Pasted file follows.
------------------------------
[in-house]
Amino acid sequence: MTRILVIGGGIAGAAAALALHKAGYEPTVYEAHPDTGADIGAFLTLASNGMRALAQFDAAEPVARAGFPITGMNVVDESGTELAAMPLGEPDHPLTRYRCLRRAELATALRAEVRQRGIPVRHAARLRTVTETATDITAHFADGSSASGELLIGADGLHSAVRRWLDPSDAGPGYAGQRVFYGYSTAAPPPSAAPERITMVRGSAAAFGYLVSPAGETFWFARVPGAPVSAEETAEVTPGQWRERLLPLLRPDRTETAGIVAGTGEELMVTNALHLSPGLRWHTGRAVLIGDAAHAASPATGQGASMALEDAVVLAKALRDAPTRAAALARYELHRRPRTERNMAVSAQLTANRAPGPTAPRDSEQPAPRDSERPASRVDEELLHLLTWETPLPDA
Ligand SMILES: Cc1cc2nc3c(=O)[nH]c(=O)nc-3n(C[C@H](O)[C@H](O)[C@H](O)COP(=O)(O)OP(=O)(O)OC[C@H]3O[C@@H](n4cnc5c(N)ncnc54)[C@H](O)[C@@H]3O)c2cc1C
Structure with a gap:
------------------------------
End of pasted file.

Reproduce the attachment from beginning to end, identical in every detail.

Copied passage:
[in-house]
Amino acid sequence: MTRILVIGGGIAGAAAALALHKAGYEPTVYEAHPDTGADIGAFLTLASNGMRALAQFDAAEPVARAGFPITGMNVVDESGTELAAMPLGEPDHPLTRYRCLRRAELATALRAEVRQRGIPVRHAARLRTVTETATDITAHFADGSSASGELLIGADGLHSAVRRWLDPSDAGPGYAGQRVFYGYSTAAPPPSAAPERITMVRGSAAAFGYLVSPAGETFWFARVPGAPVSAEETAEVTPGQWRERLLPLLRPDRTETAGIVAGTGEELMVTNALHLSPGLRWHTGRAVLIGDAAHAASPATGQGASMALEDAVVLAKALRDAPTRAAALARYELHRRPRTERNMAVSAQLTANRAPGPTAPRDSEQPAPRDSERPASRVDEELLHLLTWETPLPDA
Ligand SMILES: Cc1cc2nc3c(=O)[nH]c(=O)nc-3n(C[C@H](O)[C@H](O)[C@H](O)COP(=O)(O)OP(=O)(O)OC[C@H]3O[C@@H](n4cnc5c(N)ncnc54)[C@H](O)[C@@H]3O)c2cc1C
Structure with a gap: